Cultivate the ability to make a strategic retreat. So your awareness just comes to rest in stillness, without grasping, without identifying with anything, resting in its own nature. There’s your baseline. That’s your primary mind. That is your mental consciousness. When it’s unveiled, when is unconfigured, then it will reveal itself nakedly as substrate consciousness. But you can access already, this is not something for later. And so, we call that sen, chitta, mind, mental consciousness.
(5:32) Then as you are resting there, there’s your baseline, you know what is like. You’ve got to know what it’s like. If I am just talking and you’re just hearing concepts then the arrow is not striking the target. But if the words lead you to the experience, and then you know it for yourself just like tasting chocolate, and you say, “ok that is the taste of chocolate” – good; this is the taste of awareness just resting in its own place. Good, there’s your baseline. Now, as you are resting there, then, since you have a platform, you have a base, a base camp, a baseline (call it whatever you like), then when things emerge from that then you can notice it. You can notice by contrast, just like the earlier point of recognizing stillness and the distinction between stillness and motion, you recognize the stillness of your awareness and then the things that emerge from that flow of mental consciousness. And that is exactly what they’re called in Tibetan sen dzung, “that which emerges from the mind” or, as we translate it, I do not know any better translation, “mental factors”? “mental process”? But it doesn’t quite have that feeling of sen dzung. Dzung means to emerge but can we really say in English “it is a mental emergence”? It’s not that great English, but that is what it is.
(6:48) So you recognize what is it, what is that from which the emotions and the thoughts, and the perceptions, and the memories, the imaginations and the dreams, what is it, what is it from which all these subjective impulses emerge and then dissolve back into the latent state? You see the ground, you see the source, that simple mental awareness and then the things that flow from it, emerge from it. Attend to them. Watch how they emerge and watch how they dissolve. But as you’re attending to the mind, as you’re closely applying mindfulness to the mind, you are not attending exclusively to the subjective impulses but of course you are attending to the domain right? So conventionally, dharmadatu, the domain of the mind. And what appears there? Is all these appearances, all the dreams scape while you are sleeping, all that appears to you in a dream all that is appearing in dharmadatu, OK? The domain of the mind. In the waking state, all the images that arise, the memories that arise, the chitchat, the dialogue, all that appears to you. So once again to attend those and how they arise and how they dissolve, once again you want a baseline and the baseline is space of mind.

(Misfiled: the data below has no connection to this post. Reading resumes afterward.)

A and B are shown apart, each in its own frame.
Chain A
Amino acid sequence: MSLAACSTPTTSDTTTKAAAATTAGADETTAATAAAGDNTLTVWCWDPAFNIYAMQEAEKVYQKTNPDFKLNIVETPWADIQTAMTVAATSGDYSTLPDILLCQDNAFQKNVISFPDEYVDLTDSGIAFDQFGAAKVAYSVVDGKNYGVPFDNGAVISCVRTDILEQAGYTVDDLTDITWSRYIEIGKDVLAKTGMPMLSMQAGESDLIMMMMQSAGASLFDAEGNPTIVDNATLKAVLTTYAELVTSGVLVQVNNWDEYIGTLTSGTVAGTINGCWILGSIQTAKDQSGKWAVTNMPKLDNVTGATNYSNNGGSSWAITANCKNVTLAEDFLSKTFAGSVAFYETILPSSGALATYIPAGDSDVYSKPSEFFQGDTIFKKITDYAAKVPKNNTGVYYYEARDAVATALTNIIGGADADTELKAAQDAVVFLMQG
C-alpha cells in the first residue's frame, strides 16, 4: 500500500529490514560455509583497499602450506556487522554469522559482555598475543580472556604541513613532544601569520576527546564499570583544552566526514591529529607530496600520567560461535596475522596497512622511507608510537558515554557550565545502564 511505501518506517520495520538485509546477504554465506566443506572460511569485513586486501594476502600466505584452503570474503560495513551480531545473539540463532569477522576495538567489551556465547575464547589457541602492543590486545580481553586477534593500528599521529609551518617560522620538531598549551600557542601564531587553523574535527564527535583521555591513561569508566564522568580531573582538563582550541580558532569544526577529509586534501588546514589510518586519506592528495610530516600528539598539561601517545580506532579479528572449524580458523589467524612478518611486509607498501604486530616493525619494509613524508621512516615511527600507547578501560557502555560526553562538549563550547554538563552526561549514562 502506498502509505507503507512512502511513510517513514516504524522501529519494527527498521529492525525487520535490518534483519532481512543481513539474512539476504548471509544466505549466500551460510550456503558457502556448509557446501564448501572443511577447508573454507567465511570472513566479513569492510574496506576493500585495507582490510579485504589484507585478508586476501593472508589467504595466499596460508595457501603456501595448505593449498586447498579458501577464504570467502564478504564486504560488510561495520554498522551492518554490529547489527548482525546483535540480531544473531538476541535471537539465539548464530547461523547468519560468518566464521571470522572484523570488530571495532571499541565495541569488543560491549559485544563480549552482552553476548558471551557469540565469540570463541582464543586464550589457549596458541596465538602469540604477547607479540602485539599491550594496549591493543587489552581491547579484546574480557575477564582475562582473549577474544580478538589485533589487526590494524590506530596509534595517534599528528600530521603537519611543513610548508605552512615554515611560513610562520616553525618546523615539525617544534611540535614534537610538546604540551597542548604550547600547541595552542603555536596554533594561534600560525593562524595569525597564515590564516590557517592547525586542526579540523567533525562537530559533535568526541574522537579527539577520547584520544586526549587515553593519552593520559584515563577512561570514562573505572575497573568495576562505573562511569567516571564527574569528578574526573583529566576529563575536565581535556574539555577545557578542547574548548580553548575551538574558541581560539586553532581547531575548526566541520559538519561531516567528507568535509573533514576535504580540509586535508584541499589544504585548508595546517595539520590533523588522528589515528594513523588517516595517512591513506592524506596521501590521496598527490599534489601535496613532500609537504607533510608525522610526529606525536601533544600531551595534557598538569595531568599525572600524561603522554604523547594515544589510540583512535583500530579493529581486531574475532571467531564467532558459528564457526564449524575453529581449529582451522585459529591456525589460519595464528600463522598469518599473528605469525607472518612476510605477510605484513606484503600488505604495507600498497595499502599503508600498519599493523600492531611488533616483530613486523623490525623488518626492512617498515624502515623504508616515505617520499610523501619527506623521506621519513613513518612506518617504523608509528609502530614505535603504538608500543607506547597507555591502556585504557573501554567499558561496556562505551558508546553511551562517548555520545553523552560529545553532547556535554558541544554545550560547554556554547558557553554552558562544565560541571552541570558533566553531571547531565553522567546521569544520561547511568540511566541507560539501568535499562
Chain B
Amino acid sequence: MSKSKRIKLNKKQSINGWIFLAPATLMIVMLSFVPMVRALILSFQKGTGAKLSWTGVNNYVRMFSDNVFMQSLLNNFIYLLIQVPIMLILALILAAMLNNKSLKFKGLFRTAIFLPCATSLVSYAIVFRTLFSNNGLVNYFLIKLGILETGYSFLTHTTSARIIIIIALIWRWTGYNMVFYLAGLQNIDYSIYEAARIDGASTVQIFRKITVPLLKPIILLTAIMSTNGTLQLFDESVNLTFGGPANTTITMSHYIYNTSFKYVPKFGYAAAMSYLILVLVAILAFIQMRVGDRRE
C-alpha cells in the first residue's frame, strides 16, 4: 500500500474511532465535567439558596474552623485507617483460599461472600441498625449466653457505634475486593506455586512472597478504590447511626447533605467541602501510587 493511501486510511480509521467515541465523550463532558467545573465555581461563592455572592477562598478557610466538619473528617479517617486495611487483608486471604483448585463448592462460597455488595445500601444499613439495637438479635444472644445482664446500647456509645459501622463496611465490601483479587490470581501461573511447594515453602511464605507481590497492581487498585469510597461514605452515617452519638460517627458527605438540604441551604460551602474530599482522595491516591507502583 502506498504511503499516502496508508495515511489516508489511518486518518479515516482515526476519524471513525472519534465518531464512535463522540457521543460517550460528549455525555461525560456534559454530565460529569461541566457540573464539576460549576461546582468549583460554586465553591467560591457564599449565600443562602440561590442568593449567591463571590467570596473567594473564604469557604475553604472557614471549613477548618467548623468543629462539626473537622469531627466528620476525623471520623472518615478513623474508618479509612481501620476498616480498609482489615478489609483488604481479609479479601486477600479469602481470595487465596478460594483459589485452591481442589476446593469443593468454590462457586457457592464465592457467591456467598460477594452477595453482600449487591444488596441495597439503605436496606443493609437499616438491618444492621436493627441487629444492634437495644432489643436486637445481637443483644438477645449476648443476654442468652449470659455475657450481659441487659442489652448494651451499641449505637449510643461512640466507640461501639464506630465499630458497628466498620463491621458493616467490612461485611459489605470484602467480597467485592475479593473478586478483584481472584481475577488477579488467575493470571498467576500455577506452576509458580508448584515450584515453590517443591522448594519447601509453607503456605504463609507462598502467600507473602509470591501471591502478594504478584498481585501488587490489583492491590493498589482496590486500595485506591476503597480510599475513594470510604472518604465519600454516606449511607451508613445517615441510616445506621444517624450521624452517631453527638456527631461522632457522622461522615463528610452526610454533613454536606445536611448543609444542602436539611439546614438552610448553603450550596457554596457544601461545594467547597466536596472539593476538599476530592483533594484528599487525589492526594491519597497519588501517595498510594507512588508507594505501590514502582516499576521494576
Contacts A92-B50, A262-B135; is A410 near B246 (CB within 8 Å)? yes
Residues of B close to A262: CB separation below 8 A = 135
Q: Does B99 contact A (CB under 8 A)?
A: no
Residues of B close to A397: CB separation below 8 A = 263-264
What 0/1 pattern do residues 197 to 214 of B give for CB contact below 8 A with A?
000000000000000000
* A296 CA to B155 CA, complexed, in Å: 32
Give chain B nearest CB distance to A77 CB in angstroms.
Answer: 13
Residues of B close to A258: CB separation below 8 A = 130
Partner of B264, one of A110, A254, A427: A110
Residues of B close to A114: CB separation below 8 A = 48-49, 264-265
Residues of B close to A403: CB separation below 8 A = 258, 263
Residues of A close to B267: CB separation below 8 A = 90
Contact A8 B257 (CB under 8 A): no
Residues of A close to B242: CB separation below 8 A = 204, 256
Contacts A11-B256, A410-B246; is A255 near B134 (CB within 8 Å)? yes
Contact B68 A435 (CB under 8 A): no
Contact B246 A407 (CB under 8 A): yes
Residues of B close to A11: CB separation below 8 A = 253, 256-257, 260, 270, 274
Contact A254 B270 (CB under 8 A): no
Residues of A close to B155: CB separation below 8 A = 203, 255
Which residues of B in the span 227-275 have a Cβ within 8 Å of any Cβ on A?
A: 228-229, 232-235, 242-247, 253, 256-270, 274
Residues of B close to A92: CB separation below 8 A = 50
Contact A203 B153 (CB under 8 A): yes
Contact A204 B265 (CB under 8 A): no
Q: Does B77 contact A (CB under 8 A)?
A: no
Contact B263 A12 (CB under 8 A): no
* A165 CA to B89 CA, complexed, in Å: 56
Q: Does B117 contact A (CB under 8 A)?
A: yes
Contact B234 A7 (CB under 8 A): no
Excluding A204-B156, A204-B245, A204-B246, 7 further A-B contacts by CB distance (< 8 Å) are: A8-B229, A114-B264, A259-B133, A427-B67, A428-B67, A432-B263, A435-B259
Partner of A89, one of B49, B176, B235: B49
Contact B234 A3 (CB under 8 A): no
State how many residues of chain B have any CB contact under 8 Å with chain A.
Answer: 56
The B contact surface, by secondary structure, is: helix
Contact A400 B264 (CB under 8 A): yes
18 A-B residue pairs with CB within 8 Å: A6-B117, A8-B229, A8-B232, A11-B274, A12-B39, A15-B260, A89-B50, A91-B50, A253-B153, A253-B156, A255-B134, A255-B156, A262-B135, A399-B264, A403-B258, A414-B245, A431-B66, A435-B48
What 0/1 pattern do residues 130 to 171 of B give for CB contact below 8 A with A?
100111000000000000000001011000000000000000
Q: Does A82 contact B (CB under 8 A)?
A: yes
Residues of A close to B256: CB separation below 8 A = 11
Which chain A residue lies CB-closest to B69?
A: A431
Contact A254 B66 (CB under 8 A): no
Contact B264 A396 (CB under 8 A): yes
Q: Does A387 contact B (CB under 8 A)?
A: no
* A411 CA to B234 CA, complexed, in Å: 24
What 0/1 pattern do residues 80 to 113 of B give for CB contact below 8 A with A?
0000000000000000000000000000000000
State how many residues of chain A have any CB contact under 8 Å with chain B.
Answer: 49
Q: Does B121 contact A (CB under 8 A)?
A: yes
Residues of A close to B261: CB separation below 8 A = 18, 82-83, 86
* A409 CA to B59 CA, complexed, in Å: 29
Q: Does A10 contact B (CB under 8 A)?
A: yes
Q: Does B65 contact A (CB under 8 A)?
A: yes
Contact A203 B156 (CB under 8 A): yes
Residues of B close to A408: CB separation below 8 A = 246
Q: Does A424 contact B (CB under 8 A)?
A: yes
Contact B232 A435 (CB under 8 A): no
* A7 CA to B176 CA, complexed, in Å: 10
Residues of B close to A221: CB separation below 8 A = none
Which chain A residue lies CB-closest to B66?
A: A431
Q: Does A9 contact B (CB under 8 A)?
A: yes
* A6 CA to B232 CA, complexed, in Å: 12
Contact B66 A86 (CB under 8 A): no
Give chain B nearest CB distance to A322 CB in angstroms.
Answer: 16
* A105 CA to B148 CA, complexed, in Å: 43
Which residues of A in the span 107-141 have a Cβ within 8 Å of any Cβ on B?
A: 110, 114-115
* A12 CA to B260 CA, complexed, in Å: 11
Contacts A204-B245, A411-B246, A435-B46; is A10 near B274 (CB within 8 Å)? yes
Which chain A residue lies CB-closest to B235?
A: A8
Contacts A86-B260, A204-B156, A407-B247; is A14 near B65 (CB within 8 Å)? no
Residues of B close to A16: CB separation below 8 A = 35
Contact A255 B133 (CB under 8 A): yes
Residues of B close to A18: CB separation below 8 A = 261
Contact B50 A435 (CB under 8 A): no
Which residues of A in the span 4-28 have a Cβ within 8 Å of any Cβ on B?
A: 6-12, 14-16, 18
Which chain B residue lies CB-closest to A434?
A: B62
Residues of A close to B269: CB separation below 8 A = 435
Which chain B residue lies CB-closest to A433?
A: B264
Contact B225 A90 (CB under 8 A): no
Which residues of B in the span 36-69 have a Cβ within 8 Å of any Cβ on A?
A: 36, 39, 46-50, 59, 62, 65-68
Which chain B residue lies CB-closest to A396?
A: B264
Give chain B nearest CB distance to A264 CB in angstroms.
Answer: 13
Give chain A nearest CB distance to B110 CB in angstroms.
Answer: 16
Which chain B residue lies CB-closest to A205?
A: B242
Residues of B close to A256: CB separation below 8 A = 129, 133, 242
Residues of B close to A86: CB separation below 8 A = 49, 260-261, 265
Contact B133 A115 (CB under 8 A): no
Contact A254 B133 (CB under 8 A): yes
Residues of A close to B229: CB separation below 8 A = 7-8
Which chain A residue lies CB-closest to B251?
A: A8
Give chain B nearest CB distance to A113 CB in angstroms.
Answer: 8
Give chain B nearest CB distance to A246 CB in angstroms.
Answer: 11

(8:00) But when you are just attending to the space and when you do not see anything coming up, like for the time being it just seems vacant, fine. Now there is your challenge. When you are vacant do not just space out. Don’t wait. Don’t think, “ok, when something comes up then I will notice it”. There is already something coming up; it’s called the space of the mind. And so there, there is your subtle challenge. When all that remains is space of the mind, then know the space of the mind, engage, come and shake hands with it, engage with it, know that it’s not simply nothing, that it’s not a mere absence of anything at all. It is a domain, it is a space, and you can attend to it and you can know it, you can ask questions about it. Is it black, is it purple, is it flat, is it three dimensional, is it round, does it have a shape, how big is it? Those are not nonsensical questions, those are vipashyana questions actually, about nature of the mind.
(9:15) And so, here is our challenge; to establish a baseline, subjectively, awareness resting in its own place; and then, as you attend to the space of the mind, having that as your baseline, even when there is nothing much happening, there is an interval (or what have you), there is still something to attend to and to know; to maintain a flow of knowing, and that is that sheer vacuity, that domain, from which the events emerge and into which they dissolve. So when you get your baseline, subjectively, it is just a flow of awareness holding its own ground; and you get your baseline objectively in terms of the space of the mind, just that space. Then you can really follow the teachings of the Buddha when he said: “contemplate”; which is to say, closely examine with understanding the factors of origination. How do those appearances arise in the space of the mind? How do these mental emergences, these eruptions, these movements, emotions and so forth, how do they come forth? How does that take place?